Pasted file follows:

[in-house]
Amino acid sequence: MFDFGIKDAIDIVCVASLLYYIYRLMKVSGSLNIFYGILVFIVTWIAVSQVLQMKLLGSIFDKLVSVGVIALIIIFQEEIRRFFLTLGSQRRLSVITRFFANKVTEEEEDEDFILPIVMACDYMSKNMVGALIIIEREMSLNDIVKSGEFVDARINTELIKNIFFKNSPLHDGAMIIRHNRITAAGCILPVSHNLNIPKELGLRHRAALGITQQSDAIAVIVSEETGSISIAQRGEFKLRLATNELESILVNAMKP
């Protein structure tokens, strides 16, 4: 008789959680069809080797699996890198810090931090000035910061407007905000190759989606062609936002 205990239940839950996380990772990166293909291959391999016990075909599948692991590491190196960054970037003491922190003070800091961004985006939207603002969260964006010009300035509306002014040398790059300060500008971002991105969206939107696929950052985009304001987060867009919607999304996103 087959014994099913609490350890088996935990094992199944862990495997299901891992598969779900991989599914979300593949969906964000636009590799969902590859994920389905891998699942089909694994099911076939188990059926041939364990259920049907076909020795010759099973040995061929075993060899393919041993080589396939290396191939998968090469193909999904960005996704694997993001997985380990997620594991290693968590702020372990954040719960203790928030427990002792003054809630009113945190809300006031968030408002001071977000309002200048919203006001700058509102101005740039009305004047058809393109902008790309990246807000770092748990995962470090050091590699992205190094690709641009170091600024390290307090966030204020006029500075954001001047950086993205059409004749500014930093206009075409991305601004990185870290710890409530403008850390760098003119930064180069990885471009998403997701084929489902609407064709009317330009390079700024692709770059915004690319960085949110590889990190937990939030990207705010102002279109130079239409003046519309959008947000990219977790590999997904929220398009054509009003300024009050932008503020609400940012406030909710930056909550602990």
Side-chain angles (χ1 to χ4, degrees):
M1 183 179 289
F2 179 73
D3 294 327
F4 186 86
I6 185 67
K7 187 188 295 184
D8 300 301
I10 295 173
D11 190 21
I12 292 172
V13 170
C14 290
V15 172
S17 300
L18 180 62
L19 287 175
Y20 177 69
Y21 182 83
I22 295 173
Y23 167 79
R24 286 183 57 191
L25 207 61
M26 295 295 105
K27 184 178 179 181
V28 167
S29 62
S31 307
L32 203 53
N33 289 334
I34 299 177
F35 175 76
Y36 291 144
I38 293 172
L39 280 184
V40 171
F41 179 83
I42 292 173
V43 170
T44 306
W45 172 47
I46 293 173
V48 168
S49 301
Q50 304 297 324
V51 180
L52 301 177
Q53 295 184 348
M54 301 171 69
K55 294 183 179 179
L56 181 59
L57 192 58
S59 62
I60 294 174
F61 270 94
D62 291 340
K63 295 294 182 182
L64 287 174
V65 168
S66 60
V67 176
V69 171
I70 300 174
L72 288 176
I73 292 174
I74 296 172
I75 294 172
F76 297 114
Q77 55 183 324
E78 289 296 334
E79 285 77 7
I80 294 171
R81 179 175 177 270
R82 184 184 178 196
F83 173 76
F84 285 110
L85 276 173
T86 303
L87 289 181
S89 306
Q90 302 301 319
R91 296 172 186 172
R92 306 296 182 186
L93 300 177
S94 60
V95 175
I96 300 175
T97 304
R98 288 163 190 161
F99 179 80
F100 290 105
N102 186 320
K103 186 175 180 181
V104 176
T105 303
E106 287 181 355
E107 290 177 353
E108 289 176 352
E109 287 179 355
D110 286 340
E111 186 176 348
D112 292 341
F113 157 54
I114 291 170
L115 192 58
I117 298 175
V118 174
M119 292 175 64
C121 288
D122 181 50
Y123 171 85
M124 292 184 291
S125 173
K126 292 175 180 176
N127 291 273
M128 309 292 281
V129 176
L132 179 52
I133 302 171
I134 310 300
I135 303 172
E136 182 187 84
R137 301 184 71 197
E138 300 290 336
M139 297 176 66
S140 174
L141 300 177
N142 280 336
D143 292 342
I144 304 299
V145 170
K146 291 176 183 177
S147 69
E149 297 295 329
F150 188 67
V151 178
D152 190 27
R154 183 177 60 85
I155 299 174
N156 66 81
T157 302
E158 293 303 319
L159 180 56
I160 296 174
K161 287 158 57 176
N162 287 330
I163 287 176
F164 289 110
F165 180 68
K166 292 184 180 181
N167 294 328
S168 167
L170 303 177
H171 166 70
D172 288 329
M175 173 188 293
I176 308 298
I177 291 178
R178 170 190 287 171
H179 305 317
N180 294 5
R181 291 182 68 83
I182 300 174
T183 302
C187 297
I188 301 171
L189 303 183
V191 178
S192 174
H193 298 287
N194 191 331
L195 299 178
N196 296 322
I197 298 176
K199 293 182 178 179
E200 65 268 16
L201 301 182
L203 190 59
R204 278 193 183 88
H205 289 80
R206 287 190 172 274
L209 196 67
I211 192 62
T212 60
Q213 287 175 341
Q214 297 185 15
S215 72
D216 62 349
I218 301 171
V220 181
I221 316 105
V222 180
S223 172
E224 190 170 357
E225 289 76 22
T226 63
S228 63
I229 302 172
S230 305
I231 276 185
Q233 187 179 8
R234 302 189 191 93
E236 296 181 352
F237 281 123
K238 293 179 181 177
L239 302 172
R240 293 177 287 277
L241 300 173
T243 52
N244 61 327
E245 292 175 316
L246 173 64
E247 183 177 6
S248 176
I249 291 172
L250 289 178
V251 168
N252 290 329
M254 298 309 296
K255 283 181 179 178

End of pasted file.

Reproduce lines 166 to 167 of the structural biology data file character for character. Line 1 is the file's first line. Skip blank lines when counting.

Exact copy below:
I182 300 174
T183 302